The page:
Taliban bomb kills 11 Afghans
KANDAHAR: A roadside bomb planted by the Taliban killed 11 civilians in Afghanistan's southern province of Helmand on Sunday, the provincial administration said.
The dead included two children and two women, provincial governor's spokesman Daud Ahmadi told AFP, blaming the Islamist militant movement after a car struck the device in Nawzad district, in the north of Helmand.
Thousands of US, NATO and Afghan troops have been pursuing a major offensive against the Taliban in Helmand's Marjah and Nad Ali areas since February 13.
Helmand is the most troubled region in Afghanistan with the highest level of activity by insurgents, mostly remnants of the Taliban ousted from government by US-led forces in late 2001.
The current operation, called Mushtarak (Dari for "together"), is aimed at driving the Taliban from their strongholds and is part of Washington's new war strategy for Afghanistan announced late last year.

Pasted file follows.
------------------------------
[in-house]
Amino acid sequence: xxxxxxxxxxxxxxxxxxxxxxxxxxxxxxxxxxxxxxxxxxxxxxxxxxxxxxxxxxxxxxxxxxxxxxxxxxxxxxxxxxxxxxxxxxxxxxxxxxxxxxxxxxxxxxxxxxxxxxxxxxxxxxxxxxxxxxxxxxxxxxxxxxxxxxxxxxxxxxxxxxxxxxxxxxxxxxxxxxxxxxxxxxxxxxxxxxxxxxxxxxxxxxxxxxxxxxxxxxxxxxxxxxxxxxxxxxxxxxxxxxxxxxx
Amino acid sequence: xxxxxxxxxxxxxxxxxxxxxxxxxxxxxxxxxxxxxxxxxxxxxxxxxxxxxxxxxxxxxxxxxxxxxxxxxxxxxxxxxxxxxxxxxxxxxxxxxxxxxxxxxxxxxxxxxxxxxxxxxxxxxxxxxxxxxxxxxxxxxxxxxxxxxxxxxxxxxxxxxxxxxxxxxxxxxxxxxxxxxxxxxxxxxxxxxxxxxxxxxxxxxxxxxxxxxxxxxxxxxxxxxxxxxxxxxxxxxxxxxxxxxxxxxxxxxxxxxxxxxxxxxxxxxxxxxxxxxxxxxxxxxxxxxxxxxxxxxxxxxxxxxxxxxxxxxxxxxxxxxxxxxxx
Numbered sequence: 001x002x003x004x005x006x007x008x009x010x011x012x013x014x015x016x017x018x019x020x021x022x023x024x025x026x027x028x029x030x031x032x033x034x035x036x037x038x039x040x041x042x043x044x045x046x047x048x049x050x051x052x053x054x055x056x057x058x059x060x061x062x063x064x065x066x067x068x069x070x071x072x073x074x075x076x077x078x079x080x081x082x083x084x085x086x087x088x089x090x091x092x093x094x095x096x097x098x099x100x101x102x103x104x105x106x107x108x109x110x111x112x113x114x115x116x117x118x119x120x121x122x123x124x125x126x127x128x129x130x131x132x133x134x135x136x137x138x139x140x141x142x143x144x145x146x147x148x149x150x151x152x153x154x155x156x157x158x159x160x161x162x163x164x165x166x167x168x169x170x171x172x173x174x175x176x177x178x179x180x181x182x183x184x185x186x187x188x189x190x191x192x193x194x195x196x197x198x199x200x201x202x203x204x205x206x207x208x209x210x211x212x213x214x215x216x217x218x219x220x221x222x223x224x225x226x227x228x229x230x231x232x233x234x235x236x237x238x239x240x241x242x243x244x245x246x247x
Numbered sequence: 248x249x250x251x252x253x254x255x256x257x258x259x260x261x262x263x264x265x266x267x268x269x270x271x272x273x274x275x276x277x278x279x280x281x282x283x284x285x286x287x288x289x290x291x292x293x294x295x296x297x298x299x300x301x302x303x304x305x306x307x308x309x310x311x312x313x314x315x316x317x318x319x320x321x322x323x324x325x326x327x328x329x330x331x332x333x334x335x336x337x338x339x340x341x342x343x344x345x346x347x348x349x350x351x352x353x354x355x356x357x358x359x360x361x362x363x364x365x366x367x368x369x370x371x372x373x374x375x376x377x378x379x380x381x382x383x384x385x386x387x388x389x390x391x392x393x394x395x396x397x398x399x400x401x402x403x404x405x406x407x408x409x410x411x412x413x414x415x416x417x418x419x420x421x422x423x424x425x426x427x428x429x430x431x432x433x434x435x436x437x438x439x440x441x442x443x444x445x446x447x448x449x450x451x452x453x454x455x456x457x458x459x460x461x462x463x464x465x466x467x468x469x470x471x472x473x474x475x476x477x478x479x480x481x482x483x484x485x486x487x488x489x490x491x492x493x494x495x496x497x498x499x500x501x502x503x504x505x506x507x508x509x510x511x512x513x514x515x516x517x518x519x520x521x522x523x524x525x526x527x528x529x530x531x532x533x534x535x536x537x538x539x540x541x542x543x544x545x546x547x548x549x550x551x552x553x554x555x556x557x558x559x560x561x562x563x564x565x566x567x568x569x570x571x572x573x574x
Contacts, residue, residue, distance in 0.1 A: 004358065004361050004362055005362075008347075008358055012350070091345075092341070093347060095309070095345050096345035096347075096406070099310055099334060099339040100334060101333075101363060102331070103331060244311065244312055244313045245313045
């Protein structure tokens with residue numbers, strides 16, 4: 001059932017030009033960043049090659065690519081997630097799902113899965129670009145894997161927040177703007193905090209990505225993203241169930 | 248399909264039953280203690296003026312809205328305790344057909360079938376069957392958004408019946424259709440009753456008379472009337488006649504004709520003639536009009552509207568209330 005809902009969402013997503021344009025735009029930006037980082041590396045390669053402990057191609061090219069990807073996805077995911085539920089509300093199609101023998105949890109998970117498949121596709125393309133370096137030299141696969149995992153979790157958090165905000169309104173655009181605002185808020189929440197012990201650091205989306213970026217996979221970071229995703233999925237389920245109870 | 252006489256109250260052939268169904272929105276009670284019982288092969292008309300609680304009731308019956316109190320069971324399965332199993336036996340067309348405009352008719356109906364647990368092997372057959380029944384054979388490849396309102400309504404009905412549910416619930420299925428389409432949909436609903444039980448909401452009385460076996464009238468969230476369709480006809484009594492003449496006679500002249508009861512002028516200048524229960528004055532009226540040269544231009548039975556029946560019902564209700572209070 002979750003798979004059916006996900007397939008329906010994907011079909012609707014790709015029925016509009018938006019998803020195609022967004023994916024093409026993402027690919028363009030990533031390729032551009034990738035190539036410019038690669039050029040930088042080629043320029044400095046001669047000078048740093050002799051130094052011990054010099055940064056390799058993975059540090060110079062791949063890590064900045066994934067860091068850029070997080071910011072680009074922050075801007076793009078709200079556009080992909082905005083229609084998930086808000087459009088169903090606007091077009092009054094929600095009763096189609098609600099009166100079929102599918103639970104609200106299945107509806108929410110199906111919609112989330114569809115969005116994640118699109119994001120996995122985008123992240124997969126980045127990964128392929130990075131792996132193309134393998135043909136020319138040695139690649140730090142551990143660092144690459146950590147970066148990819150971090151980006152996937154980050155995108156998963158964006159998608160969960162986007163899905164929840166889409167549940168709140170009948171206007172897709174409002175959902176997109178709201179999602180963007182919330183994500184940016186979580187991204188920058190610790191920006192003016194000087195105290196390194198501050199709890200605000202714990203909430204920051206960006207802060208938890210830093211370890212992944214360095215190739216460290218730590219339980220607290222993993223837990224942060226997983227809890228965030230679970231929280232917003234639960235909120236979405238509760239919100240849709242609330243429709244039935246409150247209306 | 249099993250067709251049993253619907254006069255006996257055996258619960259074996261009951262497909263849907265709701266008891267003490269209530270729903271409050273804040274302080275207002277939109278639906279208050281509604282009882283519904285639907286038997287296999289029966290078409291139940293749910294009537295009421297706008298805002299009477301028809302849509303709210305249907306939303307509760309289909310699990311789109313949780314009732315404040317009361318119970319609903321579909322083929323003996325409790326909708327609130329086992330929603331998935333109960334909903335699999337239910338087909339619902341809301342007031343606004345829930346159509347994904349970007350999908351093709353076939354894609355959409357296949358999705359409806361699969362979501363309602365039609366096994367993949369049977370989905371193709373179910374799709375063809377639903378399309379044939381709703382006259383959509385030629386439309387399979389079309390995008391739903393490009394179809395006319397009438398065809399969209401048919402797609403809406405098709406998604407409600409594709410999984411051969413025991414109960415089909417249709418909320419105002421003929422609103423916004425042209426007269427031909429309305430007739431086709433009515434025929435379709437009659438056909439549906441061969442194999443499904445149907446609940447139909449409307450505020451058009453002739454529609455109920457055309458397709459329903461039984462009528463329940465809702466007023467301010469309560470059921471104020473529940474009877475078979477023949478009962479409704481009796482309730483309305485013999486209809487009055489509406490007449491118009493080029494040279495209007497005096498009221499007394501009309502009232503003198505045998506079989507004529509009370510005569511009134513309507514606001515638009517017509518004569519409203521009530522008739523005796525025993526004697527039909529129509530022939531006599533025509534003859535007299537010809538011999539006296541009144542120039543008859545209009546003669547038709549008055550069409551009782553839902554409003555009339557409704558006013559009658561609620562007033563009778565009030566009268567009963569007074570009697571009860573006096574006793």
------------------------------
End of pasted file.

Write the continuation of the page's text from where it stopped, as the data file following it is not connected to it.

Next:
The town of Marjah continues to see sporadic resistance.
Over a dozen foreign soldiers and at least two of their Afghan counterparts have been killed during Mushtarak. Dozens of insurgents have also died although the authorities have yet to give a precise figure.
At least 15 civilians have also been killed in the offensive, 12 of them by a rocket fired by US forces and intended to hit insurgents.
Operations are set to expand to other Taliban bastions, particularly in the neighbouring province of Kandahar, where the militants maintain a large presence.
Also on Sunday, one security worker was killed in main Qalat town of Zabul province when his vehicle was hit by a similar bomb, Mohammada Jan, a provincial spokesman said.
Elsewhere in Zabul five insurgents were killed during clashes between Afghan security forces and militants, the spokesman added.
About 121,000 international troops, mainly from the United States and NATO, are stationed in Afghanistan fighting the Taliban.